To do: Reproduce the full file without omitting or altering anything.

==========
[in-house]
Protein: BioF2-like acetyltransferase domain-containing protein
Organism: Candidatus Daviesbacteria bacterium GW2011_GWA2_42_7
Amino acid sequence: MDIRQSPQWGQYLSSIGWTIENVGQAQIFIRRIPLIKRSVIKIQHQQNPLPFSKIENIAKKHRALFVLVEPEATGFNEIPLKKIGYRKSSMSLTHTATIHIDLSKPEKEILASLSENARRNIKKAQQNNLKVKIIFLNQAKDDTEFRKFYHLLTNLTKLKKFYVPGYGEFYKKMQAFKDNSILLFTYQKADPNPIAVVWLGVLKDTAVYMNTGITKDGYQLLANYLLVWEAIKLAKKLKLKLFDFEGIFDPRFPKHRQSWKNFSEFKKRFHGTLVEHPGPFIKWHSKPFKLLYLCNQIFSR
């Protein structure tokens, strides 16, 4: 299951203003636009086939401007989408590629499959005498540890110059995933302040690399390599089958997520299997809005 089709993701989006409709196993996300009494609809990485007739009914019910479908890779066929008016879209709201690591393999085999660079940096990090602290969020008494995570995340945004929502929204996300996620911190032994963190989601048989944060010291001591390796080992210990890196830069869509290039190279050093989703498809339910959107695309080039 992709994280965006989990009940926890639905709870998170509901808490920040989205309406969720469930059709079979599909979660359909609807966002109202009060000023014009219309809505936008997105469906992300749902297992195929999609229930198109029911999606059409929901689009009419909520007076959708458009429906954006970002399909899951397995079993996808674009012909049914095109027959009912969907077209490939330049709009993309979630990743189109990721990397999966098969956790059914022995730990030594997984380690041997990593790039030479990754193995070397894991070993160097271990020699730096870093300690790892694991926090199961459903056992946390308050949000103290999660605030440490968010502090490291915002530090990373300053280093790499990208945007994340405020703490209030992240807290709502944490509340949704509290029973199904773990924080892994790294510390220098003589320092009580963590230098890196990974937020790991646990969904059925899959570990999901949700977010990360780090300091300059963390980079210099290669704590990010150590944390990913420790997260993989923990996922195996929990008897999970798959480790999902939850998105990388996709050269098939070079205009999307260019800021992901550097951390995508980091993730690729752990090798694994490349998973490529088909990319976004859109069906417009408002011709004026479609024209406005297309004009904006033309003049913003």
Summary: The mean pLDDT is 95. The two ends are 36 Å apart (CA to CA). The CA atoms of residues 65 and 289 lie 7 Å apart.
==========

[in-house]
Protein: BioF2-like acetyltransferase domain-containing protein
Organism: Candidatus Daviesbacteria bacterium GW2011_GWA2_42_7
Amino acid sequence: MDIRQSPQWGQYLSSIGWTIENVGQAQIFIRRIPLIKRSVIKIQHQQNPLPFSKIENIAKKHRALFVLVEPEATGFNEIPLKKIGYRKSSMSLTHTATIHIDLSKPEKEILASLSENARRNIKKAQQNNLKVKIIFLNQAKDDTEFRKFYHLLTNLTKLKKFYVPGYGEFYKKMQAFKDNSILLFTYQKADPNPIAVVWLGVLKDTAVYMNTGITKDGYQLLANYLLVWEAIKLAKKLKLKLFDFEGIFDPRFPKHRQSWKNFSEFKKRFHGTLVEHPGPFIKWHSKPFKLLYLCNQIFSR
């Protein structure tokens, strides 16, 4: 299951203003636009086939401007989408590629499959005498540890110059995933302040690399390599089958997520299997809005 089709993701989006409709196993996300009494609809990485007739009914019910479908890779066929008016879209709201690591393999085999660079940096990090602290969020008494995570995340945004929502929204996300996620911190032994963190989601048989944060010291001591390796080992210990890196830069869509290039190279050093989703498809339910959107695309080039 992709994280965006989990009940926890639905709870998170509901808490920040989205309406969720469930059709079979599909979660359909609807966002109202009060000023014009219309809505936008997105469906992300749902297992195929999609229930198109029911999606059409929901689009009419909520007076959708458009429906954006970002399909899951397995079993996808674009012909049914095109027959009912969907077209490939330049709009993309979630990743189109990721990397999966098969956790059914022995730990030594997984380690041997990593790039030479990754193995070397894991070993160097271990020699730096870093300690790892694991926090199961459903056992946390308050949000103290999660605030440490968010502090490291915002530090990373300053280093790499990208945007994340405020703490209030992240807290709502944490509340949704509290029973199904773990924080892994790294510390220098003589320092009580963590230098890196990974937020790991646990969904059925899959570990999901949700977010990360780090300091300059963390980079210099290669704590990010150590944390990913420790997260993989923990996922195996929990008897999970798959480790999902939850998105990388996709050269098939070079205009999307260019800021992901550097951390995508980091993730690729752990090798694994490349998973490529088909990319976004859109069906417009408002011709004026479609024209406005297309004009904006033309003049913003």
Summary: The mean pLDDT is 95. The two ends are 36 Å apart (CA to CA). The CA atoms of residues 65 and 289 lie 7 Å apart.